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B246 Case report: total femoral replacement in a patient with chondrosarcoma. Perioperative anaesthetic management with peripheral nerve block
  1. C Magklari1,
  2. N Fyrfiris1,
  3. S Poulopoulou1,
  4. G Diakoumis2,
  5. I Papakostas2 and
  6. T Lefaki1
  1. 1Department of Anaesthesiology, General Anticancer Hospital of Athens “Saint Savvas”, Athens, Greece
  2. 2Department of Orthopedics, General Anticancer Hospital of Athens “Saint Savvas”, Athens, Greece


Background and Aims Total femoral replacement (TFR) with endoprosthesis is a rare operation with few indications, primarily malignant bone tumors and requires extensive soft-tissue dissection and reconstruction of the joints.

Psoas compartment block (PCB) is a useful but controversial technique for lower limb surgery. There are often limitations due to essential antithrombotic therapy because of the risk of hematoma in this deep block, but the benefit of excellent analgesia outweighs the risk in major surgery.

Methods A 72 year old patient with recent pulmonary embolism(PE) under fondaparinux was presented for oncologic total replacement of the femur. Fondaparinux was discontinued for 48 hours preoperatively. A lumbar plexus block according to the Chayen approach was performed with 10 ml prilocaine 1% +20 ml ropivacaine 0.45% and a catheter was placed in the psoas compartment, combined with a single shot transgluteal sciatic block with 20 ml of ropivacaine 0.45% with the use of nerve stimulation technique. The duration of the surgery was 6h and was completed under general anesthesia without the use of opioids except the initial induction dose of 150γ fentanyl.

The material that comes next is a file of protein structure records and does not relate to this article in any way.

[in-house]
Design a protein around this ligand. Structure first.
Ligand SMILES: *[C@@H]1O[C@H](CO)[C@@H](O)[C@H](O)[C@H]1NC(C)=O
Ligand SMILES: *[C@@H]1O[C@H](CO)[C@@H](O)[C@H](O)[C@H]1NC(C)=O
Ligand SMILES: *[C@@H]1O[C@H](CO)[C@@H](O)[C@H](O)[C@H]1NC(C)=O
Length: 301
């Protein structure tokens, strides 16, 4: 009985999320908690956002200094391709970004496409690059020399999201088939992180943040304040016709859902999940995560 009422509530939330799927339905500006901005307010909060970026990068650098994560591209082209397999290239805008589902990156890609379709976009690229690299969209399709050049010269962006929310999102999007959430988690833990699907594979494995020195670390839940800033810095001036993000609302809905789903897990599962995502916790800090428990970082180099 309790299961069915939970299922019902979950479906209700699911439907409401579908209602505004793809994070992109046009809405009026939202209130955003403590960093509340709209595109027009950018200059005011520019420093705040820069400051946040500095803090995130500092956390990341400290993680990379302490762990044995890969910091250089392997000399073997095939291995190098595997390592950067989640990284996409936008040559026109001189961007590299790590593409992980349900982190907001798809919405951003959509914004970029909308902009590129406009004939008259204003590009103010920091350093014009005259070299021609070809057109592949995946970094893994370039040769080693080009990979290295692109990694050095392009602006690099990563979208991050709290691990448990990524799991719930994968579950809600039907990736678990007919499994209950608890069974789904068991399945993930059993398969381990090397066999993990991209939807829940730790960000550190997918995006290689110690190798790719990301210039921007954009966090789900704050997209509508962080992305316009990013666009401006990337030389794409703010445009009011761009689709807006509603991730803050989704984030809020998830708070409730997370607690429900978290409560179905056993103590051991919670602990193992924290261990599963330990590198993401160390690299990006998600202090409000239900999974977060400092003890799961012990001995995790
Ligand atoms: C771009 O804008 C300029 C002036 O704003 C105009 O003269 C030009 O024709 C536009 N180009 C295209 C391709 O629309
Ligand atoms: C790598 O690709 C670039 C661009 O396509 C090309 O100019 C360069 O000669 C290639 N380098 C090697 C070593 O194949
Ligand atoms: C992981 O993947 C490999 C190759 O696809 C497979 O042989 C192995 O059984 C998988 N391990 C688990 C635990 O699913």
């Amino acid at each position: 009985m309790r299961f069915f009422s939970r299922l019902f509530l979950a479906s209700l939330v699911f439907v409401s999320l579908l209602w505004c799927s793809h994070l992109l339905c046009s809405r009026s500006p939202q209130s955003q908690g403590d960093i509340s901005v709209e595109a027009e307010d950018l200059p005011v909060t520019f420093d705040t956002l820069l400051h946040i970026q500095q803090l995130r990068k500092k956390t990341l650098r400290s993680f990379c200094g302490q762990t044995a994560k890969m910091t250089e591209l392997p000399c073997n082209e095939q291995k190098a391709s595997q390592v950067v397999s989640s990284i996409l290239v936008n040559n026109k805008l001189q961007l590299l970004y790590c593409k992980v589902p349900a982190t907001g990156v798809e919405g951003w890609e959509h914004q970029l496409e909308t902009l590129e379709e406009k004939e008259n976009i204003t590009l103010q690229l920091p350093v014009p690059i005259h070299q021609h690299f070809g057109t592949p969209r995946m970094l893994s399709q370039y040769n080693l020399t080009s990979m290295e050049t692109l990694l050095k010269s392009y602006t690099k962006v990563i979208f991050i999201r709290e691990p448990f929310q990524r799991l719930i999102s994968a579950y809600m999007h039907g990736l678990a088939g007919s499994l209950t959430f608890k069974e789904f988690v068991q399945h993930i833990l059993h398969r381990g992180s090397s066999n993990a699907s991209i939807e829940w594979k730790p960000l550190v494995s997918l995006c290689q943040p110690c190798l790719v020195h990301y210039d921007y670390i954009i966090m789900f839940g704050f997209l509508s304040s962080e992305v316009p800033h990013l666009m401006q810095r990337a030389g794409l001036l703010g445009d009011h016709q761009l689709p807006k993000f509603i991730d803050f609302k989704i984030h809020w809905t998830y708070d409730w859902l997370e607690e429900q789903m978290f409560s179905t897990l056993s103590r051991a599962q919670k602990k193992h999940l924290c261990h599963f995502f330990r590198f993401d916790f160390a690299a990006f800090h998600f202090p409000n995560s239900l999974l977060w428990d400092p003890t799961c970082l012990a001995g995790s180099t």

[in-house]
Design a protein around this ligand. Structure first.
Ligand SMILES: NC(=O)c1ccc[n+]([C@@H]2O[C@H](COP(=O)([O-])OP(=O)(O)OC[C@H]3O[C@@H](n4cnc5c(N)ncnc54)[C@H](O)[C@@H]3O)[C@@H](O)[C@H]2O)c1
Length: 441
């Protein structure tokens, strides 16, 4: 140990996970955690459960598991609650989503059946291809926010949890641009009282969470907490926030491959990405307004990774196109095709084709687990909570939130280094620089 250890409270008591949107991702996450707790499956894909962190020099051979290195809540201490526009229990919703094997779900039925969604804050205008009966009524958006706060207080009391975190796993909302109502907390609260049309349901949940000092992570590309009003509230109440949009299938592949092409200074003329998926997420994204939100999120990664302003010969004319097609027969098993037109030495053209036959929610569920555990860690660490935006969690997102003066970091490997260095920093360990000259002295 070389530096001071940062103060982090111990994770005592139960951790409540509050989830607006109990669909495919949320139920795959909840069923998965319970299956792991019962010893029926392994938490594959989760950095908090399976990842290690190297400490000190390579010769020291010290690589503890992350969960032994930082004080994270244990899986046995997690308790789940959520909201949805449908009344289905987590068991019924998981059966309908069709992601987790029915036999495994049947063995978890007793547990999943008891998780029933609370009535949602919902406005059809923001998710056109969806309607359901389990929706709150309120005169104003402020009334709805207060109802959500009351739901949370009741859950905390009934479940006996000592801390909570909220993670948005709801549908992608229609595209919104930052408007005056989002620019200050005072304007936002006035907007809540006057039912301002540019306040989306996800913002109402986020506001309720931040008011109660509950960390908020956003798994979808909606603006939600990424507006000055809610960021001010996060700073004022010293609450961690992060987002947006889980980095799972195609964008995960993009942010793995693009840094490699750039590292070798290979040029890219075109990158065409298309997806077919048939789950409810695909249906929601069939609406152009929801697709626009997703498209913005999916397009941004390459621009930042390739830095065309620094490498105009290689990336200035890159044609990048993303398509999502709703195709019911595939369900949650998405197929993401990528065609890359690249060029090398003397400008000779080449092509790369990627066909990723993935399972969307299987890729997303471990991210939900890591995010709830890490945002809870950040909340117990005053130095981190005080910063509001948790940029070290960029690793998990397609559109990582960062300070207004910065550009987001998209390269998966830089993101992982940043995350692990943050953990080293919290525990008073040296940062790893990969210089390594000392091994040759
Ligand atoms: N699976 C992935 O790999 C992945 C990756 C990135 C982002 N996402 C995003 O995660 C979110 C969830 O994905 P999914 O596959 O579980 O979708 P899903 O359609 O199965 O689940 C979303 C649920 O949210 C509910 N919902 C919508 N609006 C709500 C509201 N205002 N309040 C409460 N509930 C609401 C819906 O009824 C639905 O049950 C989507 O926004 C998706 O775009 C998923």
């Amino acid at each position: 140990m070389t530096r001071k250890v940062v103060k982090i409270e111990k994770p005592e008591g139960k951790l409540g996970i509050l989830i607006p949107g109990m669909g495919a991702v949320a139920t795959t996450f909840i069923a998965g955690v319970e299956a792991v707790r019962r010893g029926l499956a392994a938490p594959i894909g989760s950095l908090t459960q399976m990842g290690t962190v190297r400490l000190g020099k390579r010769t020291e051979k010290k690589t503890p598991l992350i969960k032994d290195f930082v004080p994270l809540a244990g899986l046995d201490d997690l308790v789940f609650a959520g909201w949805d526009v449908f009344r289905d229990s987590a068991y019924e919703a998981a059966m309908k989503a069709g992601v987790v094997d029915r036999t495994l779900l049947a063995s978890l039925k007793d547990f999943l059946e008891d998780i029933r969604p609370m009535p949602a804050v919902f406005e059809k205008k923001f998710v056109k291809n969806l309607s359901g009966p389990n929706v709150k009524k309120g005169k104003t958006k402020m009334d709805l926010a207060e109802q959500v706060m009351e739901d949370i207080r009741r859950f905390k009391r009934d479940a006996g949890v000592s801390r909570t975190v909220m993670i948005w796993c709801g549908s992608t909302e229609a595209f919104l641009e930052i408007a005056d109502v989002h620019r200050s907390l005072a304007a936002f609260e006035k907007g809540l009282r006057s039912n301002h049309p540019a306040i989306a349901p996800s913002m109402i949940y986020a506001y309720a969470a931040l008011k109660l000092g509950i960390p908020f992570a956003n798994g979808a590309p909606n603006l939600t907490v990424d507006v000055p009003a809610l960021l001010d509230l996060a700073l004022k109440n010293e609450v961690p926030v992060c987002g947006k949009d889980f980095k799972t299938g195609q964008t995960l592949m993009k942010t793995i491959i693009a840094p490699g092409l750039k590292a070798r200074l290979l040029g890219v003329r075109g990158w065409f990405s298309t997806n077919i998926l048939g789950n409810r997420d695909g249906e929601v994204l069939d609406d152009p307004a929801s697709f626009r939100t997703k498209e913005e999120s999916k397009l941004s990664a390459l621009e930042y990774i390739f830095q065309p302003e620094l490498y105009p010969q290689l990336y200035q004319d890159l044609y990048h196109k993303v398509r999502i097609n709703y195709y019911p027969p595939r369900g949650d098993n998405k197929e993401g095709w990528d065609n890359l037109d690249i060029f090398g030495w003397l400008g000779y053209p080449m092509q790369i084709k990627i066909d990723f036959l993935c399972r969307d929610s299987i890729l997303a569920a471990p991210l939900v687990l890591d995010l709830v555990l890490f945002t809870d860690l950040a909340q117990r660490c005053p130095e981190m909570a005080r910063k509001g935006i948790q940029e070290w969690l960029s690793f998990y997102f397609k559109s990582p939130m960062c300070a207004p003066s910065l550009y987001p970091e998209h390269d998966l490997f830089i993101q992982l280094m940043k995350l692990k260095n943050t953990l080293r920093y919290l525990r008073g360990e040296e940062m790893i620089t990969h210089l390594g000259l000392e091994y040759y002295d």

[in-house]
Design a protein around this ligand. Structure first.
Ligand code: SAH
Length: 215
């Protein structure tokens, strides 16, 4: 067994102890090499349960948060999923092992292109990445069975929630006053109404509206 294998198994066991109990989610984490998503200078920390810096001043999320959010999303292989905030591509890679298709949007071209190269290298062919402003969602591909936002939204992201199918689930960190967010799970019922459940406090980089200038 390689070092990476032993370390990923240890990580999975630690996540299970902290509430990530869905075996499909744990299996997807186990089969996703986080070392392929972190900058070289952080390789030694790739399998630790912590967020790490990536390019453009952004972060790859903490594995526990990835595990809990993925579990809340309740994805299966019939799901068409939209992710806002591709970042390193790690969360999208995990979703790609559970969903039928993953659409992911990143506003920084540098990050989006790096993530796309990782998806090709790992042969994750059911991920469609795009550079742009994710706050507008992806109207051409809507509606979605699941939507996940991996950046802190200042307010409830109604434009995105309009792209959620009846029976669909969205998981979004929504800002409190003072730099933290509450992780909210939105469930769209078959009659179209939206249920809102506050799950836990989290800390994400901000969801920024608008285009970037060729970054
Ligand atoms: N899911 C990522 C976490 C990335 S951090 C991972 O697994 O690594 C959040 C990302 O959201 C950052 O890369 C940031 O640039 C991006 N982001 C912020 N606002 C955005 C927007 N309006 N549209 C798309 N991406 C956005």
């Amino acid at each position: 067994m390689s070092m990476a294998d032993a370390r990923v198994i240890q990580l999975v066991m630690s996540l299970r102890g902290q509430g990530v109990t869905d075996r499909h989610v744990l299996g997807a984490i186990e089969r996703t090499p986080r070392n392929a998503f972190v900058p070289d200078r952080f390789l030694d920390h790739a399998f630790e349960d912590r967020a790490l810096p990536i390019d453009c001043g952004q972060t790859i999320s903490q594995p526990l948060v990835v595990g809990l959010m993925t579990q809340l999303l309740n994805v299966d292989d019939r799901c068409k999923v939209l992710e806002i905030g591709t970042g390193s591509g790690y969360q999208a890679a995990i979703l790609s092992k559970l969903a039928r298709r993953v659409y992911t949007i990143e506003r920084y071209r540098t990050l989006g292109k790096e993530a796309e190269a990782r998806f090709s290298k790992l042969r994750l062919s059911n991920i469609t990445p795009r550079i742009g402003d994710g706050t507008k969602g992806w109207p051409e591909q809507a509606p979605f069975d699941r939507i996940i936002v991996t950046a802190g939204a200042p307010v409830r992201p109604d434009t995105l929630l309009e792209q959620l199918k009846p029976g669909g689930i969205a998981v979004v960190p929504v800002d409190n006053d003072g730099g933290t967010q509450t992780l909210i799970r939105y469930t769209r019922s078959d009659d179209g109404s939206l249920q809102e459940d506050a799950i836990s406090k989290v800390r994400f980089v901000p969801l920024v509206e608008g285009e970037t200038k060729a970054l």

The catheter remained for 4 days postoperatively with continuous infusion of 12 ml/h ropivacaine 0.2% by elastomeric pump.

Results The surgery was uncomplicated, the patient reported no severe pain (VAS 2–3), and didn’t require rescue opioid analgesia. He could move the other leg and manage to start his physiotherapy strengthening exercises.

Conclusions CPCB appears to be a useful alternative in major oncologic orthopedic surgery especially when neuraxial techniques should be avoided.

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